Homebuilders…A Flaw In Strategic Planning

Posted: March 30, 2011 in Making Customers
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Draw a line on a piece of paper and assume that this represents your projected profit for a particular project. Now make a mark above the line for how much you believe a good salesperson can increase profits for that project. Then make a second mark below the line for how much you believe a poor salesperson can decrease the profits. Compare where you made the marks. If you are similar in thinking to most homebuilding executives, the lower mark is invariably farther below the line than the increase profits mark is above the line. In other words, almost no homebuilding executive believes that a good salesperson can help their community as much as poor one can hurt it. Why is that? But, more importantly, is it true?

As to why that thinking is so prevalent, the standard answer that has been shared with me during the years goes something like this – it is the experience of almost every homebuilder. It’s what they’ve seen. They’ve seen a project decline and not perform as it should, and as so often is the case, sales gets the blame. But few executives, very few, have seen a project exceed expectations with the only reasonable explanation for the success being the salesperson.

There is a certain amount of entrepreneurial confidence that comes with local homebuilding. In almost every case, that is a good thing. It takes the spirit of a cowboy to risk as much as is risked in homebuilding. Yes, the rewards can be tremendous, but as we’ve seen the last few years, the downside can be devastating.

This confidence the that builder has in themselves and the project; the location, the product, the aggressive purchasing, the merchandising, the advertising and branding all come into play long before an individual salesperson is thought of or considered. The builder says to himself that he has excellent product with the appropriate specification level in a compelling location with clever marketing and sufficient advertising. With all of that going for him – if you build it they will come – he really doesn’t need much else. All he really needs is his salesperson to have a modicum of talent, show up when he’s supposed to, look nice and not say anything stupid. That minimum performance level will meet his goals with a minimum of frustration.

We get what we expect.

Every other discipline within homebuilding has a generally accepted set of criteria. Operations knowledge, financial skill and education, accounting background and training – maybe even an MBA or a CPA. All disciplines have a seemingly verifiable set of criteria that make it easier to determine a candidates overall qualification for the position.

Then we come to sales.

Expectations tend to be lower and less of the sales process can be quantified and placed on a chart, graph or spreadsheet. Plus our own experience is that the sales department is, as one executive stated, “…kinda like the crazy Aunt who lives in the basement. She’s part of the family so you have to keep her around, but you’re not too proud of her.”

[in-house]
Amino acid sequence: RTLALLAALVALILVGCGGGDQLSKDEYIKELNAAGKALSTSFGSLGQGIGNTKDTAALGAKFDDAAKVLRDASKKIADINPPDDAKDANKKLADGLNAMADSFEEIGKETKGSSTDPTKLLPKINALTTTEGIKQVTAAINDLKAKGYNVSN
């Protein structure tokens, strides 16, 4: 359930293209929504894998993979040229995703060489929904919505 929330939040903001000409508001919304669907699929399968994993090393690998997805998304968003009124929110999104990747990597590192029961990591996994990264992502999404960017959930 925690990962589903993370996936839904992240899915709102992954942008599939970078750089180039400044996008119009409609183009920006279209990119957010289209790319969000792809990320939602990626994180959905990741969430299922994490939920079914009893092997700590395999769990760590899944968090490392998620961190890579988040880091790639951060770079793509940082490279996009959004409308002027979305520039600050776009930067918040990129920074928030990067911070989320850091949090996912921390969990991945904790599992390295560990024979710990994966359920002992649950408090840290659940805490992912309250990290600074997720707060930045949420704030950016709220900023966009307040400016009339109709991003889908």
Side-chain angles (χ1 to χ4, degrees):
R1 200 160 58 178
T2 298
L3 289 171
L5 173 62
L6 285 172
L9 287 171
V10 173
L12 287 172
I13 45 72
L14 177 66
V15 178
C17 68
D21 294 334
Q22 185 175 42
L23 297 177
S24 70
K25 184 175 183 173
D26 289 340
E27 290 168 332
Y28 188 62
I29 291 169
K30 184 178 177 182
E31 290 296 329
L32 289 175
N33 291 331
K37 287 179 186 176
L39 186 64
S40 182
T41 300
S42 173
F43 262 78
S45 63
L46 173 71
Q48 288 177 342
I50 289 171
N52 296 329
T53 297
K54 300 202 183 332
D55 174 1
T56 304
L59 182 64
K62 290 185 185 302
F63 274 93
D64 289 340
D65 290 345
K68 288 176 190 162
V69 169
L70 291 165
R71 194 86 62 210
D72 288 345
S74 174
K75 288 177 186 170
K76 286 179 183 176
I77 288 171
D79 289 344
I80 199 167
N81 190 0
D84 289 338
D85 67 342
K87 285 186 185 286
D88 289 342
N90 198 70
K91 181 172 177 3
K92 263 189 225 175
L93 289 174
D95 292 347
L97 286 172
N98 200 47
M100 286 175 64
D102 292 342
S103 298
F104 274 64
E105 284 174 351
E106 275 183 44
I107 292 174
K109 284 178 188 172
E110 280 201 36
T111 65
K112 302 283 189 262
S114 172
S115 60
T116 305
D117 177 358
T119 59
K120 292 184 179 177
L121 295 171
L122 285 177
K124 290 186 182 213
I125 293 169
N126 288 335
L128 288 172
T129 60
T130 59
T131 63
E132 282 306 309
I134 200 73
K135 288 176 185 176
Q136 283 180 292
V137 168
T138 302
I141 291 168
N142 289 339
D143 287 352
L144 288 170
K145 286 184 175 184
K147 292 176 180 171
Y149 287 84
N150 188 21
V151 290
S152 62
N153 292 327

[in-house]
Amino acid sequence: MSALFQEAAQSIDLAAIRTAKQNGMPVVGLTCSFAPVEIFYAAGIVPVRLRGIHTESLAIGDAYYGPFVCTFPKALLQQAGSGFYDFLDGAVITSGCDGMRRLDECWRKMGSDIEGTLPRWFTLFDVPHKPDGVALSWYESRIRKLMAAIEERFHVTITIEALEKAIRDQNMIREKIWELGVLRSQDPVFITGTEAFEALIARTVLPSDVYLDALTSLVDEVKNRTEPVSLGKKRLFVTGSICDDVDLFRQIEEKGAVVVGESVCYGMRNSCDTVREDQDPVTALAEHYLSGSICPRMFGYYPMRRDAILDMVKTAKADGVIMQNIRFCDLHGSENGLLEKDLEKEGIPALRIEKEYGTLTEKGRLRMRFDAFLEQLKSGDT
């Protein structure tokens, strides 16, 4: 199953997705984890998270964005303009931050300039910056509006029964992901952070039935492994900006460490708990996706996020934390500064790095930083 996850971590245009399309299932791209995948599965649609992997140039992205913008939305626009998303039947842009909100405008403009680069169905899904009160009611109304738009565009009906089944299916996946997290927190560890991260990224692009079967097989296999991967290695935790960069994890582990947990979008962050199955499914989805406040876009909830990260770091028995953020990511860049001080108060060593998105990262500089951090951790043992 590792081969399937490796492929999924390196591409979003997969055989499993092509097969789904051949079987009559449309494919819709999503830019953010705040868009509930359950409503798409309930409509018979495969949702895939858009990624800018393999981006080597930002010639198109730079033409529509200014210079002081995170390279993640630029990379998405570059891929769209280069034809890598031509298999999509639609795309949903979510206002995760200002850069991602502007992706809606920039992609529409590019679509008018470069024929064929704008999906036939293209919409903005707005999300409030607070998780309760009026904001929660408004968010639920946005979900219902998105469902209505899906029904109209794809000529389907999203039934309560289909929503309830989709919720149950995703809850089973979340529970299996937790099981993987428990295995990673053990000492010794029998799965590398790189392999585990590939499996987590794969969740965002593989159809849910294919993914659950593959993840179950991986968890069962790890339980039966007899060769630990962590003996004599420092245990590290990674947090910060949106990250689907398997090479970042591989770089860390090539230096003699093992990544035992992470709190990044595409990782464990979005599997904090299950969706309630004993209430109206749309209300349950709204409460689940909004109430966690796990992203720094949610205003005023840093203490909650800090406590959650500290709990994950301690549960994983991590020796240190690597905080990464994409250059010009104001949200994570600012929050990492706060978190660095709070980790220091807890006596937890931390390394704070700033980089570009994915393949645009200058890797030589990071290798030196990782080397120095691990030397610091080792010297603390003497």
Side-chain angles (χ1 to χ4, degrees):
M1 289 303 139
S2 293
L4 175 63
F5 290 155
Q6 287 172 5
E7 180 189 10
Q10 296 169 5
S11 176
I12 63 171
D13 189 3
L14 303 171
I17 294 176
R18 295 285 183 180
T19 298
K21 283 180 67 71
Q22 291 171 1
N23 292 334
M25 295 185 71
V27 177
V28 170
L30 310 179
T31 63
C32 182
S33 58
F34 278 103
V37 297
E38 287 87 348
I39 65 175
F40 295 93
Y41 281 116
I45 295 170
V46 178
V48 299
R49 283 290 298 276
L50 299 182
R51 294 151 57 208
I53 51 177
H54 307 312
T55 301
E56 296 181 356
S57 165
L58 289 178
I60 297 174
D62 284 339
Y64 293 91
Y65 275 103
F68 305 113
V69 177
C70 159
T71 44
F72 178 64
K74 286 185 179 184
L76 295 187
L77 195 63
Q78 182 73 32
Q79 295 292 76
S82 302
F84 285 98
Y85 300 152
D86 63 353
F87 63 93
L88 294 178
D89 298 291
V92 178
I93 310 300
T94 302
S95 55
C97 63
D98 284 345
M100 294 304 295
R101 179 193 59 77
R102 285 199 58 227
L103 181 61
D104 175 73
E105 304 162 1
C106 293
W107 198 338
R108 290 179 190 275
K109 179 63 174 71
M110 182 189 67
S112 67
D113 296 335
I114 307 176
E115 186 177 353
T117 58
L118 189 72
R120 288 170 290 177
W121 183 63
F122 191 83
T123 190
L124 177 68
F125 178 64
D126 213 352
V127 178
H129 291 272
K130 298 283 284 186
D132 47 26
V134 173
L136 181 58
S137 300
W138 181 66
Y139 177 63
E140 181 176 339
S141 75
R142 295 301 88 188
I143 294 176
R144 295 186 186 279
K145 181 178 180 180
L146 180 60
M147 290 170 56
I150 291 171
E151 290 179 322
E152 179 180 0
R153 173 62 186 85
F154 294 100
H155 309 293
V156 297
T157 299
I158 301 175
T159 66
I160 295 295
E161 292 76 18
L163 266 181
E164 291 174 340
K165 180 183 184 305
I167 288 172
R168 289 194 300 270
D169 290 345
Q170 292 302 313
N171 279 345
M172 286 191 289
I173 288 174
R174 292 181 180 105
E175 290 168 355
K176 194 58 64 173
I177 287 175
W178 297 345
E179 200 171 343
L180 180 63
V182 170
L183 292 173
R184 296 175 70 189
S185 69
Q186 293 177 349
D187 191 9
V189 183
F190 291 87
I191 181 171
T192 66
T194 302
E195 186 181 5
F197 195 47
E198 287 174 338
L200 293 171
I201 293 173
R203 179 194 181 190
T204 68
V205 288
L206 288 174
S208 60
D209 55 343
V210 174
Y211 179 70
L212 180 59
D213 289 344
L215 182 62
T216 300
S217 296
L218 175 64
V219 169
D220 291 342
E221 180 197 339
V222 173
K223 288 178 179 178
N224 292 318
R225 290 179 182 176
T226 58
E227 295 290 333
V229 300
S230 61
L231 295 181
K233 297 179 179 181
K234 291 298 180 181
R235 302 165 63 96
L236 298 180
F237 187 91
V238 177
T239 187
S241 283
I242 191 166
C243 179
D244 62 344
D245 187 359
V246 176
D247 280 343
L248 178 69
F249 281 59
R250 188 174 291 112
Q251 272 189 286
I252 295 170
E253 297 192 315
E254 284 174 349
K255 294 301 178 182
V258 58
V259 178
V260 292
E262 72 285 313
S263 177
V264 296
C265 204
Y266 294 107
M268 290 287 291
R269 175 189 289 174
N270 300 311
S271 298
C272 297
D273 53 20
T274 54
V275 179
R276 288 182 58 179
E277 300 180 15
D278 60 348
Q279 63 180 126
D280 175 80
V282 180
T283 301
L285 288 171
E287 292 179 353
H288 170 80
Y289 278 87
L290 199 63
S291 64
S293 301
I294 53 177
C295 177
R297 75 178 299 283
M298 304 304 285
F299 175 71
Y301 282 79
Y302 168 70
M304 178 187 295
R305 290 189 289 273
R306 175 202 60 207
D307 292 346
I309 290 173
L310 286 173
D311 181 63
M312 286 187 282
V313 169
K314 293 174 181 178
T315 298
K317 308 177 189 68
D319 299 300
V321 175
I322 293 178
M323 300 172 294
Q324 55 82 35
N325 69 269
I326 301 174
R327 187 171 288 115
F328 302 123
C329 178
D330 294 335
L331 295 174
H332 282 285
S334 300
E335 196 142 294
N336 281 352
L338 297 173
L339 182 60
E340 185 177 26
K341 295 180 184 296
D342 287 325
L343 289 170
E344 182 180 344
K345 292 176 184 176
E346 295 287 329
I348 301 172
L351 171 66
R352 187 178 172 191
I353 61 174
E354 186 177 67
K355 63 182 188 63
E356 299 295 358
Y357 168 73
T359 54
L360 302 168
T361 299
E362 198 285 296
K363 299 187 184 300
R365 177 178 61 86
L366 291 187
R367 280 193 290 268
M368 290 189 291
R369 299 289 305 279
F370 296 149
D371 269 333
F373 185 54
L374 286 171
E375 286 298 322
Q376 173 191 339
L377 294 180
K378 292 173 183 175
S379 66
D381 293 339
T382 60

We get what we deserve.

The sales process doesn’t fit neatly into our proformas, as much as we’d like to be able to quantify human performance and interaction. So as an executive, we either assume (or hope) we have good people managing and selling, or we drive ourselves crazy trying to figure out the best way to manage this bunch of misfits. Control and accountability? Reports and forms? Strict discipline? Surprise mystery shops? Lots of random calls and questions?

Very few executives would add continuing education and development to the list, until there is an issue. Several homebuilders have told me that new home sales is a transitory business, so why should they spend money to train salespeople and then have them leave? It’s wasted money. Okay. If you train them and they leave, that is almost as bad as not training them and they stay! And while that may be a concern, let’s be a little more strategic, productive and creative with an answer that can have a positive impact on the bottom line.

At the executive level, let’s spend some time trying to figure out what skills, talents and abilities make for a good salesperson. Who do we want to hire? What kind of person should they be? And as far as sales management goes, what is the best way to build and grow the entire sales team to not merely meet expectations, but exceed them?

The basics are simple – don’t have the salespeople reporting to someone who knows little or nothing about what they do. It doesn’t matter whether or not you are the owner or president, if you’re not skilled in sales management; have the sales people report to someone who is.

These and other sales and sales management related issues have answers that make sense, fit your business strategy and contribute positively to the bottom line. It all starts with an intelligent conversation with the right people knowledgeable about sales, sales people and how to best manage the process and lead the team.

The right salesperson can make a huge positive difference to the bottom line. I’ve seen it happen time and time again. Success and peace of mind with sales and sales management can and should happen in any company. But it won’t happen by default or accident.

By Kirk Chittck

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